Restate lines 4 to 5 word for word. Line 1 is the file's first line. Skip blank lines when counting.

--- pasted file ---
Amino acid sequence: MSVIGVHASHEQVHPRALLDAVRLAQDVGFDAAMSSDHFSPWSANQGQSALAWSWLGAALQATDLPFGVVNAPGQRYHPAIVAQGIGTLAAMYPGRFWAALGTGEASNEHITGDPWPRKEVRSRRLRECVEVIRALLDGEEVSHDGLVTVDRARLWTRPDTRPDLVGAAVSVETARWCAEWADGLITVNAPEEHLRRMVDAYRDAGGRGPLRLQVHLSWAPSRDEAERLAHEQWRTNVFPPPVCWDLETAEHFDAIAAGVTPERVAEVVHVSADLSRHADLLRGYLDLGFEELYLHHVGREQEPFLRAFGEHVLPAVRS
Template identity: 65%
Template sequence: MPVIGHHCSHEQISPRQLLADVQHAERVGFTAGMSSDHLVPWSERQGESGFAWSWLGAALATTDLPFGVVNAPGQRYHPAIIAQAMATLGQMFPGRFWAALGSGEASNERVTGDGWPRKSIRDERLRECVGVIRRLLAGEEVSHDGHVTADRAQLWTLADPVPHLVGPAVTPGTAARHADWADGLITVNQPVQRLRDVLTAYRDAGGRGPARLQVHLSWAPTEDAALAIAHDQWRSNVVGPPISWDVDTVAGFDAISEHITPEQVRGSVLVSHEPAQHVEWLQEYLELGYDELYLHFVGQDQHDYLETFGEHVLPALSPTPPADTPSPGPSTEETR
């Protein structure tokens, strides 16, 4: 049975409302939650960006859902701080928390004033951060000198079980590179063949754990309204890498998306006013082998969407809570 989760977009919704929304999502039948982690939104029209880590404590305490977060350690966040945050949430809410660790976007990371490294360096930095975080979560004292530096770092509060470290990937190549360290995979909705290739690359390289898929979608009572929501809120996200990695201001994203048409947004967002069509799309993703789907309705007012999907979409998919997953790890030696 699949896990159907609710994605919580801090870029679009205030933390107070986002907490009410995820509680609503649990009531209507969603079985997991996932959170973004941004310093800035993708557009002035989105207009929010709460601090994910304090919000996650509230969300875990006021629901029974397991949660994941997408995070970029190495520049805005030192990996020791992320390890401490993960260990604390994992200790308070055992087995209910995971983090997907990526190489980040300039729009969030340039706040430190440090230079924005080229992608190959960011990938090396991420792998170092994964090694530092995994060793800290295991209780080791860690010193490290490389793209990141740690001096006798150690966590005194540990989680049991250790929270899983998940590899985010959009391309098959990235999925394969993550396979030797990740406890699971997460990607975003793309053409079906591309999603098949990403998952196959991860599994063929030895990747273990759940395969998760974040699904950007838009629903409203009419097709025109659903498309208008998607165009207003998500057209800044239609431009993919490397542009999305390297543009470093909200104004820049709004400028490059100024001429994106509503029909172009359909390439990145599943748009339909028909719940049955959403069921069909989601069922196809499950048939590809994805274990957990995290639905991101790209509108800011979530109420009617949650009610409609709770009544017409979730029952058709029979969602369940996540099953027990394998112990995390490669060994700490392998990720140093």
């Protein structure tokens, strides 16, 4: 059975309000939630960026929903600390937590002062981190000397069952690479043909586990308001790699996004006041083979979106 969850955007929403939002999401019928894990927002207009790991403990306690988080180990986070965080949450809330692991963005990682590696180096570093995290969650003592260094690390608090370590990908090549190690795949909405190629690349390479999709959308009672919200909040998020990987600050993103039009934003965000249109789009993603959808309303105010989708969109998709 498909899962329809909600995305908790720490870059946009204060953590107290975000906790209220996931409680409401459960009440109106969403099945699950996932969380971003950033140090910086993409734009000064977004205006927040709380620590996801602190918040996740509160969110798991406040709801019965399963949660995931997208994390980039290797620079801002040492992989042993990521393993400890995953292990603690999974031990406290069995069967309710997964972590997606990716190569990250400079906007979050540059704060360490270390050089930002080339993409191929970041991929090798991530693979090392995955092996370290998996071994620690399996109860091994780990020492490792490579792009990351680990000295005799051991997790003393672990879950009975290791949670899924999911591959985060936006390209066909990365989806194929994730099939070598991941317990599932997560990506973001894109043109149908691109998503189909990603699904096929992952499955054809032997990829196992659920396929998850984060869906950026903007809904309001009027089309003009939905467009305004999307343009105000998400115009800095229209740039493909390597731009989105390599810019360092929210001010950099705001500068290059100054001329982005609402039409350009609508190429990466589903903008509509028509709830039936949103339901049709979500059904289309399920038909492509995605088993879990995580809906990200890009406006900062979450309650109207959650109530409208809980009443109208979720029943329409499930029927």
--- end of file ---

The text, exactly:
């Protein structure tokens, strides 16, 4: 049975409302939650960006859902701080928390004033951060000198079980590179063949754990309204890498998306006013082998969407809570 989760977009919704929304999502039948982690939104029209880590404590305490977060350690966040945050949430809410660790976007990371490294360096930095975080979560004292530096770092509060470290990937190549360290995979909705290739690359390289898929979608009572929501809120996200990695201001994203048409947004967002069509799309993703789907309705007012999907979409998919997953790890030696 699949896990159907609710994605919580801090870029679009205030933390107070986002907490009410995820509680609503649990009531209507969603079985997991996932959170973004941004310093800035993708557009002035989105207009929010709460601090994910304090919000996650509230969300875990006021629901029974397991949660994941997408995070970029190495520049805005030192990996020791992320390890401490993960260990604390994992200790308070055992087995209910995971983090997907990526190489980040300039729009969030340039706040430190440090230079924005080229992608190959960011990938090396991420792998170092994964090694530092995994060793800290295991209780080791860690010193490290490389793209990141740690001096006798150690966590005194540990989680049991250790929270899983998940590899985010959009391309098959990235999925394969993550396979030797990740406890699971997460990607975003793309053409079906591309999603098949990403998952196959991860599994063929030895990747273990759940395969998760974040699904950007838009629903409203009419097709025109659903498309208008998607165009207003998500057209800044239609431009993919490397542009999305390297543009470093909200104004820049709004400028490059100024001429994106509503029909172009359909390439990145599943748009339909028909719940049955959403069921069909989601069922196809499950048939590809994805274990957990995290639905991101790209509108800011979530109420009617949650009610409609709770009544017409979730029952058709029979969602369940996540099953027990394998112990995390490669060994700490392998990720140093």
């Protein structure tokens, strides 16, 4: 059975309000939630960026929903600390937590002062981190000397069952690479043909586990308001790699996004006041083979979106 969850955007929403939002999401019928894990927002207009790991403990306690988080180990986070965080949450809330692991963005990682590696180096570093995290969650003592260094690390608090370590990908090549190690795949909405190629690349390479999709959308009672919200909040998020990987600050993103039009934003965000249109789009993603959808309303105010989708969109998709 498909899962329809909600995305908790720490870059946009204060953590107290975000906790209220996931409680409401459960009440109106969403099945699950996932969380971003950033140090910086993409734009000064977004205006927040709380620590996801602190918040996740509160969110798991406040709801019965399963949660995931997208994390980039290797620079801002040492992989042993990521393993400890995953292990603690999974031990406290069995069967309710997964972590997606990716190569990250400079906007979050540059704060360490270390050089930002080339993409191929970041991929090798991530693979090392995955092996370290998996071994620690399996109860091994780990020492490792490579792009990351680990000295005799051991997790003393672990879950009975290791949670899924999911591959985060936006390209066909990365989806194929994730099939070598991941317990599932997560990506973001894109043109149908691109998503189909990603699904096929992952499955054809032997990829196992659920396929998850984060869906950026903007809904309001009027089309003009939905467009305004999307343009105000998400115009800095229209740039493909390597731009989105390599810019360092929210001010950099705001500068290059100054001329982005609402039409350009609508190429990466589903903008509509028509709830039936949103339901049709979500059904289309399920038909492509995605088993879990995580809906990200890009406006900062979450309650109207959650109530409208809980009443109208979720029943329409499930029927």